Location – Condos tend to be built in popular locations such as downtown, within proximity to a wide range of amenities. For singles or young couples, living in a downtown condo if often preferred as they have access to shops, restaurants, and theaters within short walking distances. On the other hand, senior living condos tend to be built in quieter locations.

Security – Condos tend to be located within gated communities and may or may not have security staff patrolling on a regular basis. Access to the community is usually by buzzer or key code, thereby preventing non-residents easy access. Residents often feel more secure going on vacation knowing that their neighbors will notice non-residents in the community and alert police to suspicious behavior.

Maintenance – One of the big benefits to condo living, especially for busy people, is that all maintenance of common areas and the exterior is undertaken by employees hired by the condo association. How much of the property is maintained and repaired as part of the condo dues differs from community to community, so research is needed to have a clear understanding of what is included. Condo associations often have a list of trusted contractors available for hire should an issue arise within a condo that is not covered by the association, and these contractors are often on call 24 hours.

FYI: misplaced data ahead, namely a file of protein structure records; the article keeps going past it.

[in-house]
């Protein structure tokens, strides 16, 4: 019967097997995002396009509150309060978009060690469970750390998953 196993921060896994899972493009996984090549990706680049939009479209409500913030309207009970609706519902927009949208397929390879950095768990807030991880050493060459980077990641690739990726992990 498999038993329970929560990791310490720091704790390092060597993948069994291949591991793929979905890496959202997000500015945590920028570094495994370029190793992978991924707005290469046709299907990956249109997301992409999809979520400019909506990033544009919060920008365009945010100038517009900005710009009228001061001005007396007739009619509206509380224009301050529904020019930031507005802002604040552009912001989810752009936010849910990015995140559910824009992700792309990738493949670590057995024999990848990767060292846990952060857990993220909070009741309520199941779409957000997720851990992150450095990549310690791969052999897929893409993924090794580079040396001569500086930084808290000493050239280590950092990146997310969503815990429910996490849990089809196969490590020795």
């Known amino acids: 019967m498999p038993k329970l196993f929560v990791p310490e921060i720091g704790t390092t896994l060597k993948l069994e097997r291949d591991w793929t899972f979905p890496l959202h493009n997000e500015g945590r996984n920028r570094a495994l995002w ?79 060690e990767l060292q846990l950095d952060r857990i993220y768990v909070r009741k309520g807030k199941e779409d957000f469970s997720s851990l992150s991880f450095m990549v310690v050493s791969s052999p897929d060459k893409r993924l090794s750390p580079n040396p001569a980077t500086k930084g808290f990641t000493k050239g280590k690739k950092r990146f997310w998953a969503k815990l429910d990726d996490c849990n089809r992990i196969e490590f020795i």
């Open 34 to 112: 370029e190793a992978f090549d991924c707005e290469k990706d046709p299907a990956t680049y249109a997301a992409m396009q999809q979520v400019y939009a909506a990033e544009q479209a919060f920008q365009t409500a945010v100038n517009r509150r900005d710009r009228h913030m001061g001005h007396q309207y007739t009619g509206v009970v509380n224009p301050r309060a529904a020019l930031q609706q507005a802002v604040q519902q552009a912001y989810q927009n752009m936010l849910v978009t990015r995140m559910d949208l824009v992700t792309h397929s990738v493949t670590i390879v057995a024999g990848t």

Amenities – Most condo complex common areas will include a swimming pool, maybe a spa, tennis courts, a gym and a clubhouse. All of these areas are made available to all condo residents as part of their agreement. Condo owners can often save money by not having to pay additional fees to avail themselves of these facilities outside of the condo complex.